Originally published by Reform Magazine February 2016. Original link here to abbreviated online version. Full version only available to subscribers (or on this blog).
For the last two years the international community has been transfixed on the rise of the terrorist group Daesh (also known as Islamic State, ISIS and ISIL). For Western communities there has been a particular focus on the seemingly shocking phenomenon of foreign terrorist fighters and female migrants. It is estimated that over 5,000 Western European citizens have traveled hundreds of miles to join what we know to be a violent and brutal terrorist group. Yet despite the intense media focus and public discourse around this trend, there remain many misleading headlines and misunderstandings about processes of radicalisation and prevention.Continue reading →
Originally Published by BBC News 24 February 2015. Original linked here.
Three girls from London travelled to Turkey, sparking international concerns they were en route to Syria to join Islamic State (IS). But what makes people want to travel to conflicts in foreign lands and how are they helped to get there?Continue reading →
Originally Published by Progress Online: 8 September 2014. Original linked here.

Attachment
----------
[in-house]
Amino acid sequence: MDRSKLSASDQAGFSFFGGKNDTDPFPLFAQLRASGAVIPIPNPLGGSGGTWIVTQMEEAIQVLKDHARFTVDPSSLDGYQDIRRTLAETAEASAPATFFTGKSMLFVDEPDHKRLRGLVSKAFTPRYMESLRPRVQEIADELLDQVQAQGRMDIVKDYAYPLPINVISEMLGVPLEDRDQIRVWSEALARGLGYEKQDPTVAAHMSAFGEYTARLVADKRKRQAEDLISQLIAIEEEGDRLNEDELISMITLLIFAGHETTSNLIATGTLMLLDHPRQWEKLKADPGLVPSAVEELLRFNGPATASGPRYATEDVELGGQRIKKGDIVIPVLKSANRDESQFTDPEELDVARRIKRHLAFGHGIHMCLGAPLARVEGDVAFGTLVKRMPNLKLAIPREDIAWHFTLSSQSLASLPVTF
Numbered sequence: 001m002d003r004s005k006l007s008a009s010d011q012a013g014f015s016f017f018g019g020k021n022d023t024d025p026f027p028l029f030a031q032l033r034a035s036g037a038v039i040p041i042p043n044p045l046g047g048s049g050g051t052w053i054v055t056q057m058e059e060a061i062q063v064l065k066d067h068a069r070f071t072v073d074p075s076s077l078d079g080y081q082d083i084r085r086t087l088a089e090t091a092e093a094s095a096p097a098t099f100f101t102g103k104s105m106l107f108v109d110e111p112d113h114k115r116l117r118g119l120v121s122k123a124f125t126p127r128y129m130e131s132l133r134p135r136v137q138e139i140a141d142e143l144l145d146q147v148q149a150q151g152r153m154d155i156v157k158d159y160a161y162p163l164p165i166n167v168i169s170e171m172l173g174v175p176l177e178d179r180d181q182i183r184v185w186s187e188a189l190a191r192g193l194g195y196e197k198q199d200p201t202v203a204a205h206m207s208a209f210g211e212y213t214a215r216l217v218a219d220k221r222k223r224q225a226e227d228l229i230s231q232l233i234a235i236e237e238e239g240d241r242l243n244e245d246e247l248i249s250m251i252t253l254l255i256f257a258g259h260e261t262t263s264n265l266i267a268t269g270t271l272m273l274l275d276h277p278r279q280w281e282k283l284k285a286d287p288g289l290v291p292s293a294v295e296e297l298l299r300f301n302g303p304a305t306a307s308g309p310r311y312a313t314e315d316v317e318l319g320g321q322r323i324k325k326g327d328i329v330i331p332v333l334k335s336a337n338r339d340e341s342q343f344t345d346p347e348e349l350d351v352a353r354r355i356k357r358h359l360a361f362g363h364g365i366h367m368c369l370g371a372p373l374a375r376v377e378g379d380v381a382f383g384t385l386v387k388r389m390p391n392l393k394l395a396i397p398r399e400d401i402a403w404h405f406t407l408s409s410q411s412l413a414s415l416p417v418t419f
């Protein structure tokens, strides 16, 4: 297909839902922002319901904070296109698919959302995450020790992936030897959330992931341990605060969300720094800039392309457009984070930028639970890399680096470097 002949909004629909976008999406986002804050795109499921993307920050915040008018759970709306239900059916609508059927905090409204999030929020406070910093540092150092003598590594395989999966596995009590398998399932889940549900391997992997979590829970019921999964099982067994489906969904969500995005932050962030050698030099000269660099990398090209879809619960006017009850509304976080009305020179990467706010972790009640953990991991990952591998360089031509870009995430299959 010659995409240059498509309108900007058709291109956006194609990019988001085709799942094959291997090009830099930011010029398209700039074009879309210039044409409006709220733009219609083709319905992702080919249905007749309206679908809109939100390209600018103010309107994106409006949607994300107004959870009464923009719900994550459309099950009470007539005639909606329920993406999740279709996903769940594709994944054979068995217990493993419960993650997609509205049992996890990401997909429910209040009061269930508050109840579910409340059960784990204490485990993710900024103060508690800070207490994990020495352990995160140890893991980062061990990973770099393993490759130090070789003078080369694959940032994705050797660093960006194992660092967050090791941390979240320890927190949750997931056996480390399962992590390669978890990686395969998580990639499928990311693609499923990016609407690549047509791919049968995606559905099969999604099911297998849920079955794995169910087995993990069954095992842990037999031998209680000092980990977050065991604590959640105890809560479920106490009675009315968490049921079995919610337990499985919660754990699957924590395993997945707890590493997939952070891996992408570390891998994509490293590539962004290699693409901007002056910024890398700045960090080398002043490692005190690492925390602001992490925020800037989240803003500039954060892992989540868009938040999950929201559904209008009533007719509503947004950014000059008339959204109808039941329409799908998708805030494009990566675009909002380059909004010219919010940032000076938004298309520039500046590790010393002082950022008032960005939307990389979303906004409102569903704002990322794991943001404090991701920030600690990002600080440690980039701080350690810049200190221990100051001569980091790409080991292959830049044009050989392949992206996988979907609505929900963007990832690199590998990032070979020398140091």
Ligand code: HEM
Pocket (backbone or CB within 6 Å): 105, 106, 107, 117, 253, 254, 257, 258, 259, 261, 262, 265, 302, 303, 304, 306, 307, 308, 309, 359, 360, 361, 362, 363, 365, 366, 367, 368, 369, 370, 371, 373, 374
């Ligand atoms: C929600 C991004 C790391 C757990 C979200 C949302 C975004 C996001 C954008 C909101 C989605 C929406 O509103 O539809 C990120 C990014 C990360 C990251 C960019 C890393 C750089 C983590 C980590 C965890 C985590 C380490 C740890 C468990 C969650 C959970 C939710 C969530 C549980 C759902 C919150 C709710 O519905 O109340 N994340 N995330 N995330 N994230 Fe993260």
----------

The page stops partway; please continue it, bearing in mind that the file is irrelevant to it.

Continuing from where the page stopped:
As western powers discuss to what extent their military capacity should be used against Islamic State they are also having to face the reality of radicalisation processes taking place in their own countries. Continue reading →
Originally Published by CNN: 21 August 2014. Original linked here.
(CNN) — The recent video depicting the final words and beheading of U.S. journalist James Wright Foley by someone that seems to be a British foreign fighter has sent shockwaves across the West. The video has already been blocked multiple times from various video-sharing platforms, only to reappear as many times, something that once again emphasizes that the new frontline for counter-terrorist practitioners is online extremism.
Originally Published by Le Monde: 18 July 2014. Original linked here.
Au cours des dernières semaines et mois, la crainte du développement du terrorisme en Syrie et en Irak, mais aussi en Europe, est devenue une préoccupation croissante. La peur de la prolifération de combattants étrangers qui peuvent retourner dans leur pays d’origine et le cibler en utilisant leurs nouvelles compétences est une réalité.